“Power,” as American statesman Daniel Webster said two-hundred years ago during the Massachusetts Constitutional Convention, “naturally and necessarily property.” Yes, the political ballot is important, but if people do not have the economic power to back up political power, what inevitably happens is that those with property seize power, or those with power, seize property.
|Benjamin Watkins Leigh|
As Benjamin Watkins Leigh noted, “Power and property can be separated for a time, but divorced, never. For as soon as the pangs of separation are felt, power will take over property, or property will take over power.” Henry C. Adams, speaking nearly a century after Webster and Leigh, concurred. As he said,
The broad theory of constitutional liberty is that the people have the right to govern themselves; but the historical fact is that, in the attempt to realize this theory, the actual control of public affairs has fallen into the hands of those who possess property. (Henry C. Adams, Public Debts, An Essay in the Science of Finance. New York: D. Appleton and Company, 1898, p. 9.)
That is why economic democracy is so important to the maintenance of political democracy. Nor do the people who waste time arguing about whether we have a democratic republic instead of a direct democracy doing themselves or anyone else any favors. The specific form of liberal democracy is irrelevant as long as it rests ultimately on the sovereignty of the human person under God, and not the collective as in socialism, or an élite as in capitalism.
Furthermore, no government can long stand that does not promote industry, commerce, and agriculture. That would be as contradictory and self-defeating as a government that fails to protect people’s natural rights to life, liberty, private property, and the acquisition and development of virtue (“pursuit of happiness”). The means of production are the means of sustaining life and liberty. This renders both of these two premier rights effectively meaningless without an adequate ownership stake — private property — in whatever industry, commerce, or agriculture provides subsistence for people.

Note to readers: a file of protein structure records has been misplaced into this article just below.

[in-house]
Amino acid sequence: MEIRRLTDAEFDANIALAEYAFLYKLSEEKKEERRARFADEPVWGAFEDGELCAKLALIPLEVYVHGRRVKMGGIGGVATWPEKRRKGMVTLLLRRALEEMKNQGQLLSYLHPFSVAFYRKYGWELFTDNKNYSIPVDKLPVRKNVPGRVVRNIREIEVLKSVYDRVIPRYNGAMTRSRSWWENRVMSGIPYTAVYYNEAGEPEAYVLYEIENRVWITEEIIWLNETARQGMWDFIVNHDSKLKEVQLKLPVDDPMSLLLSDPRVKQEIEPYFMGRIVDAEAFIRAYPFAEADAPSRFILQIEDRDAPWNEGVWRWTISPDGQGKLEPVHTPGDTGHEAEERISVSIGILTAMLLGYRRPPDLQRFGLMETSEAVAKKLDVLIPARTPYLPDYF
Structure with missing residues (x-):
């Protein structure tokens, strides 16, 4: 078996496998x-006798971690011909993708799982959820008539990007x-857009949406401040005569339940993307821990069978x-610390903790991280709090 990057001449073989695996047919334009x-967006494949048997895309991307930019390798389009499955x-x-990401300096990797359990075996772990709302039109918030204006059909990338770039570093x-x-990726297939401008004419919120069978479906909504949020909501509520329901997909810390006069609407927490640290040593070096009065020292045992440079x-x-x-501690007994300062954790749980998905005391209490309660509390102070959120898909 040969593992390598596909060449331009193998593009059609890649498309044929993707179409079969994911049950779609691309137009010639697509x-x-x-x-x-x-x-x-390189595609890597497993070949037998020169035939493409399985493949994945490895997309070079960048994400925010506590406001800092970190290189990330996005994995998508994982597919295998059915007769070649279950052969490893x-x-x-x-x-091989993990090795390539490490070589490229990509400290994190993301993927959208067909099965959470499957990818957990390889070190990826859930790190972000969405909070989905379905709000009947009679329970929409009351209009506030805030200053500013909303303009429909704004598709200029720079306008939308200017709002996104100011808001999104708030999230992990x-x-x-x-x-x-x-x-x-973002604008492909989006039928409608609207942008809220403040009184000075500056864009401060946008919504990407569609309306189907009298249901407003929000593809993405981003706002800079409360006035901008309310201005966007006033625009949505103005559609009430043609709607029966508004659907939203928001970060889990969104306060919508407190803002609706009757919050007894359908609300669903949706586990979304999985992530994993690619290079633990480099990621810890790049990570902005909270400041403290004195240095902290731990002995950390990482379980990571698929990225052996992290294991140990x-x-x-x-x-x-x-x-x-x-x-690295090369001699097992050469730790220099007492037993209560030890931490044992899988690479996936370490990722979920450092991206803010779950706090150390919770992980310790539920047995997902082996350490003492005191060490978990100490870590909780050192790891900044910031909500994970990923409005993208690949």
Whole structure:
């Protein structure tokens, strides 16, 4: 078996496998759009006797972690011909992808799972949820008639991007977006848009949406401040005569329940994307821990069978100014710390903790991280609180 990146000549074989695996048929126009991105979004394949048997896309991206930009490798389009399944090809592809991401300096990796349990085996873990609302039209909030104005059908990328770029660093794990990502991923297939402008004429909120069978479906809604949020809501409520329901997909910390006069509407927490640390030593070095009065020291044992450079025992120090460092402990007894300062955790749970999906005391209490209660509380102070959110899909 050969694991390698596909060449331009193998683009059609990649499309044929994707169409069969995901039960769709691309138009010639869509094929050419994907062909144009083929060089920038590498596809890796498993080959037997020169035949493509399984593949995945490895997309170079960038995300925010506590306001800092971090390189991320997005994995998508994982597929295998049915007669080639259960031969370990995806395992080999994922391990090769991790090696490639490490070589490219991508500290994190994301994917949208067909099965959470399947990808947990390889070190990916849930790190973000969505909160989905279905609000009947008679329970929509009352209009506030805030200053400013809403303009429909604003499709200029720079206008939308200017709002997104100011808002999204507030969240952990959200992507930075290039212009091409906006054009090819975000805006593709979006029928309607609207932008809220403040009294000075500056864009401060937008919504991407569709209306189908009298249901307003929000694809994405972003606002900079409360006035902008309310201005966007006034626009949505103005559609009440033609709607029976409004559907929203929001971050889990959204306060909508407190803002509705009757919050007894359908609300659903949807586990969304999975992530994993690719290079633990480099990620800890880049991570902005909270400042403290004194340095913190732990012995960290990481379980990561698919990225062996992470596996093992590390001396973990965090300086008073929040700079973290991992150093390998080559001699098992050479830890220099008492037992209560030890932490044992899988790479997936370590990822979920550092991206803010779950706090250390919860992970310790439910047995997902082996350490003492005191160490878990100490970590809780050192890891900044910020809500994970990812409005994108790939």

Nor do industry, commerce, and agriculture spring from out of nowhere. Production of marketable goods and services requires a sound and stable money supply and, in an economy with any pretensions to being advanced, a commercial banking system. All of these things run on trust. Trust is, in a very real sense, the essence of civilization, the glue that holds society together. As the nineteenth century economist, investment banker, and proponent of worker ownership, Charles Morrison, explained,
Confidence and credit are only moral elements in society; they may be said to be, to a great extent, mere matters of opinion; yet their importance in the production and distribution of wealth is so great, that the whole machinery of material production is kept at work, disordered, or paralysed, according as these principles act in a healthy manner, irregularly, or not at all. They are to our industrial community what the nervous system is to the body, a slight and sensitive substance in itself, but the indispensable cause of all the life and motion of the system. A great nation may possess in abundance all the means of producing wealth, — population, intelligence, capital, natural and artificial instruments of production; and yet, if credit and confidence should be from any cause destroyed, all these resources seem to have lost their virtue, and general distress prevails. Let confidence and credit be restored, and the whole system is immediately set in motion again, and in a very short time general prosperity returns. (Charles Morrison, An Essay on the Relations Between Labour and Capital. London: Longman, Brown, Green, and Longmans, 1854, 200.)
The ”game” then, in politics as in real life, is to make it possible for as many people as possible to become owners of capital so that they can be empowered not only to take control over their own lives, but to exercise the political franchise for the betterment of all, not just personal advantage. And that requires in our day and age an aggressive program of expanded capital ownership, such as the Economic Democracy Act, to ensure not only that people can take care of themselves and their dependents, but that they can take proper care of the common good.